New York City commuters and tourists are getting a glimpse of Coke’s groundbreaking new 3D robotic sign in Times Square. The six-story digital spectacular features 1,760 independently moving LED screens that create an unprecedented multisensory experience for passers-by.
Did you know that
Our continuous presence in Times Square qualifies as one of the world’s longest-running billboards – and is a big part of why the iconic crossroads has earned a reputation as the home of 24-hour marketing.
Signs of the Times (Square)
The Coke sign in Times Square has evolved over the years, consistently pushing the innovation envelope. Our first billboard was installed in 1920 at 49th and Broadway, on top of the Brill Building. Three years later, we brought a new dimension by adding neon lighting. The 75 ft. by 100 ft. landmark flashed the message "Drink Coca-Cola, Delicious and Refreshing" and was the second-largest electric sign in the world at the time.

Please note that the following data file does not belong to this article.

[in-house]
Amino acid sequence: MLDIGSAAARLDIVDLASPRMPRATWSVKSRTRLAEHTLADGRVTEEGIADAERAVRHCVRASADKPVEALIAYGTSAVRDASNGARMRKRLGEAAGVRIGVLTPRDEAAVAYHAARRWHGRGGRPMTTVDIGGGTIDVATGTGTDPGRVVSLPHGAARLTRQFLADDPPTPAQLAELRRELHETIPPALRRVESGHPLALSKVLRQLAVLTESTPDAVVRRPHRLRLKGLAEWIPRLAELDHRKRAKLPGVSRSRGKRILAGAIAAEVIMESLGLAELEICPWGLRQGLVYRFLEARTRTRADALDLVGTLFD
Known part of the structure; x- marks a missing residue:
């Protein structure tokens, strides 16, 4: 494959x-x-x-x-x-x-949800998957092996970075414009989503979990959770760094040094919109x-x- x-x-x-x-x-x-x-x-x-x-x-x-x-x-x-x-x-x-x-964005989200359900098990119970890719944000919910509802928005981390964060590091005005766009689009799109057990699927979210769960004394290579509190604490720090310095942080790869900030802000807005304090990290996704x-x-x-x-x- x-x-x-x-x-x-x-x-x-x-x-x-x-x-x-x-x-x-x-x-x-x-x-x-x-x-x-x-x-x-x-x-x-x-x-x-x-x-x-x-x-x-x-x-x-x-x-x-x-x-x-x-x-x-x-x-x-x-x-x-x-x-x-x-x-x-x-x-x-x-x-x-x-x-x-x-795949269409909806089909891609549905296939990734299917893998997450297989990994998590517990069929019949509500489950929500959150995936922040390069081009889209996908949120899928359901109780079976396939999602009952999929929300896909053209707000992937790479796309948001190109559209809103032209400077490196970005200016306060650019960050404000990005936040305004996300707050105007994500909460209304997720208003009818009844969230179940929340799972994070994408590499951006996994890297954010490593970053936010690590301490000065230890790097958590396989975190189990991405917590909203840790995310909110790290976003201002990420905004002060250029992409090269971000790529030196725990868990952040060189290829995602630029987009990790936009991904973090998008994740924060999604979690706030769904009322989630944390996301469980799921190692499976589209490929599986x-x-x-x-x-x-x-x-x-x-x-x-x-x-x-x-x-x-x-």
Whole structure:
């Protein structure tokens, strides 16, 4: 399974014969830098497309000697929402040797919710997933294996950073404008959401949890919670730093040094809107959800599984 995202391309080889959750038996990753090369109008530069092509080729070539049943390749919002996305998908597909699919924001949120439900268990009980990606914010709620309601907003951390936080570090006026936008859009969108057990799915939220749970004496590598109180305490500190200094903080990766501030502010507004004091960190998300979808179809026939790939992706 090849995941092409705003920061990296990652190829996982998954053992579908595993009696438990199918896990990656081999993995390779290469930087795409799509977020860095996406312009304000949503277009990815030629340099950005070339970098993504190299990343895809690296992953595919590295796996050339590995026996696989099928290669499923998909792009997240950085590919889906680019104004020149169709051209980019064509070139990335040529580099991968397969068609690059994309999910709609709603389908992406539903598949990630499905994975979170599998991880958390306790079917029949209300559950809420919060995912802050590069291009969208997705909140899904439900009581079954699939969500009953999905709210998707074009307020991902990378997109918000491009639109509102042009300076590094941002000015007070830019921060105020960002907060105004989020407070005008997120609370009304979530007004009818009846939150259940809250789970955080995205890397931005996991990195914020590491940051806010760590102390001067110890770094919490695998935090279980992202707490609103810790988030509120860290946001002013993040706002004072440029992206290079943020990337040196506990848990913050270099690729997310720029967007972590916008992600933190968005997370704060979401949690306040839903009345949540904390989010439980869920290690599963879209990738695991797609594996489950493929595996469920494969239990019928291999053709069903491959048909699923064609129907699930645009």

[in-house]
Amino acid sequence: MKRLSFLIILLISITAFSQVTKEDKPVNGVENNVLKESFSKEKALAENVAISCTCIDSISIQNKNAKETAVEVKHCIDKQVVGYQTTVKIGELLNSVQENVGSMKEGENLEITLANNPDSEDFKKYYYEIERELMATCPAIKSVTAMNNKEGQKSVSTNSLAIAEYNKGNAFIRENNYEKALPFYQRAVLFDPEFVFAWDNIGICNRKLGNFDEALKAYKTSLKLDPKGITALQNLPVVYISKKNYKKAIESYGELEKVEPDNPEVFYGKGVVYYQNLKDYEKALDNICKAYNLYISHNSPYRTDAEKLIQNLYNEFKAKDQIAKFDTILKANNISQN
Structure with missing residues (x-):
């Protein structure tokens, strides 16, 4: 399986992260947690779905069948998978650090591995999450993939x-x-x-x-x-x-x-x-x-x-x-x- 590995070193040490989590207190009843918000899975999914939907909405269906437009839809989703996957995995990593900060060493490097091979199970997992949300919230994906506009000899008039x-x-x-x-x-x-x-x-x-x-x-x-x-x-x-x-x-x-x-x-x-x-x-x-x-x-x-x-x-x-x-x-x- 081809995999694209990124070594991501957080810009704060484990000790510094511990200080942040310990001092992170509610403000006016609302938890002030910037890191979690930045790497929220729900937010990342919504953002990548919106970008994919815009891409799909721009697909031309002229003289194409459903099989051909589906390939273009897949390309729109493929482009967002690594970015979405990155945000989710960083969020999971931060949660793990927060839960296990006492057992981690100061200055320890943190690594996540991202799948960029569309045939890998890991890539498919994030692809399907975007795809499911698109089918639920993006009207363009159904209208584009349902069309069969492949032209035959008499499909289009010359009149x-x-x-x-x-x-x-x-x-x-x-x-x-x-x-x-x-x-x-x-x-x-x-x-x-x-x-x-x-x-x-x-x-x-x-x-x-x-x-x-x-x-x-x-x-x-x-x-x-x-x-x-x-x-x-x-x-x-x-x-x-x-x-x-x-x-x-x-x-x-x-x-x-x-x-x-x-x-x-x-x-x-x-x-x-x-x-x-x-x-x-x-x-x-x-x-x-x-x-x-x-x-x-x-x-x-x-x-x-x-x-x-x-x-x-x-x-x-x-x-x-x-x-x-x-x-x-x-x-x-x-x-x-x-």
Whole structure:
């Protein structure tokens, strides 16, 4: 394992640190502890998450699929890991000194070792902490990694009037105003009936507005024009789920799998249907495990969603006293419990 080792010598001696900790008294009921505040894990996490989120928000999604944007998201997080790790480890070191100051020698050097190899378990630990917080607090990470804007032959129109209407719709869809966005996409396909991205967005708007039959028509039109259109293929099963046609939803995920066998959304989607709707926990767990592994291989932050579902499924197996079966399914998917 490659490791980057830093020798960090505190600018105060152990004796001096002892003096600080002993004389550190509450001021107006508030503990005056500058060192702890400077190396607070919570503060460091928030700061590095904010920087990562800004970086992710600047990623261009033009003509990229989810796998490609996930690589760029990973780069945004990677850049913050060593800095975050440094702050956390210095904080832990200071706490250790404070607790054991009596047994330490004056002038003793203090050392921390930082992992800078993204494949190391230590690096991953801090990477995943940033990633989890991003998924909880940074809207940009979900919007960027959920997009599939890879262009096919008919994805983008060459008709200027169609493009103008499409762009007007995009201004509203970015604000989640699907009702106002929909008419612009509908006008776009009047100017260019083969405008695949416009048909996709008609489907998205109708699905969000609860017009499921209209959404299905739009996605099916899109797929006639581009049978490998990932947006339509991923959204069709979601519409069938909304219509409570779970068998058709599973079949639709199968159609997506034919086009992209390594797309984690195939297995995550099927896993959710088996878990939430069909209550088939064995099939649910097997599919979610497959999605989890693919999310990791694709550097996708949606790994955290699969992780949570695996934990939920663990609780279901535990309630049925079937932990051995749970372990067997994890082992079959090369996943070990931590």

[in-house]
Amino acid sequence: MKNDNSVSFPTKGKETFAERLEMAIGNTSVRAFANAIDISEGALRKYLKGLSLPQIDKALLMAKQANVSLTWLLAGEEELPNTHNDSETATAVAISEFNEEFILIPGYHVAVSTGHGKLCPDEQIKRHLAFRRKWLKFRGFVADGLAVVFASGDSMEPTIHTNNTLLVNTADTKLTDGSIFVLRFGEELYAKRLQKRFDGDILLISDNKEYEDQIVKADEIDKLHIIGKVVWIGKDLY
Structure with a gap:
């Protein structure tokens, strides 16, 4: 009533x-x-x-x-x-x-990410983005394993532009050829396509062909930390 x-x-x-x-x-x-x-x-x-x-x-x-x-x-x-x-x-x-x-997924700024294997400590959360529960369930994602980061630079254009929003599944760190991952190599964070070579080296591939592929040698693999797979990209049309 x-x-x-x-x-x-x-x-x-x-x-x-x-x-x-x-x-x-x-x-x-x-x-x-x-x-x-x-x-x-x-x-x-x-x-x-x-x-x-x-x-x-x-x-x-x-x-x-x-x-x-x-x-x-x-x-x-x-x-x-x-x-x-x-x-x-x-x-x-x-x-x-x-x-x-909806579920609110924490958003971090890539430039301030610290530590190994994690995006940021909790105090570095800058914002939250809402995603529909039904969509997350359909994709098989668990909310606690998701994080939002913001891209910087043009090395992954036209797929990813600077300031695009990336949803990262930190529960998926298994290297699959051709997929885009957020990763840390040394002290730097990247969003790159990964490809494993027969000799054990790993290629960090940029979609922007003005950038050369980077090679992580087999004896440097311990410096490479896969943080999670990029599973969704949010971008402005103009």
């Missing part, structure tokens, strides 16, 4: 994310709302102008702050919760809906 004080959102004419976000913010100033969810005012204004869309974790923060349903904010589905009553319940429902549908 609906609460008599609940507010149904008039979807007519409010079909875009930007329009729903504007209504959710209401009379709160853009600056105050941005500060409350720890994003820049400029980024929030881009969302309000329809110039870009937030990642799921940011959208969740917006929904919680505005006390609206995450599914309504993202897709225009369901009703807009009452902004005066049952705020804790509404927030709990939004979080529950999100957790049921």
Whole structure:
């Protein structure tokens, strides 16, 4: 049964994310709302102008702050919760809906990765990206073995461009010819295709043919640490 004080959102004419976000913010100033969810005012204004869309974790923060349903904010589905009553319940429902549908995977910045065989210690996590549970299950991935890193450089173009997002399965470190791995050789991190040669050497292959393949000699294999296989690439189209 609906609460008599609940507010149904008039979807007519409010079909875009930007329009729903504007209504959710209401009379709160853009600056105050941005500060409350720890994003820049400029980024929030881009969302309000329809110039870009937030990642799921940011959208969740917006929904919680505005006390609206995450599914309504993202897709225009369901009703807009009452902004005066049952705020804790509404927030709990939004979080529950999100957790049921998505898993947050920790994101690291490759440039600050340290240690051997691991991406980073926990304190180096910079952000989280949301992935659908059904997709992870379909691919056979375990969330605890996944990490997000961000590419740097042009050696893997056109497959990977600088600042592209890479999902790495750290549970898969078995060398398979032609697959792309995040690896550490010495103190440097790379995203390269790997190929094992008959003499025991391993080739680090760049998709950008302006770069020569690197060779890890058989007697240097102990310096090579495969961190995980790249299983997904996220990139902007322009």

In 1932, the Coca-Cola sign moved to the 47th street location and featured a soda jerk in uniform for Coca-Cola. In the ‘40s and ‘50s, the sign featured three messages before taking a simplified approach in the ‘60s with a circular sign and the tagline “The Pause that Refreshes.”
The new sign unveiled this week builds on Coke’s legacy of engaging and innovative outdoor advertising, which dates back to our pioneering use of painted wall signs at prominent intersections in the 1890s and has included the launch of other iconic spectaculars in cities around the world – from our hometown of Atlanta, to Tokyo, to Sydney. In the early-1950s,
Here’s a passage from the 1959 letter, which alluded to the Times Square sign in its last line. It was featured many years later in an internal
“I think it would be perfectly fair to say that an ordinary person is one who does ordinary things in an ordinary way, and that an extraordinary person is one who does extraordinary things in an extraordinary way… If we, in presenting
I hope you’ll join me in raising an ice-cold
Ted Ryan is director of heritage communications at The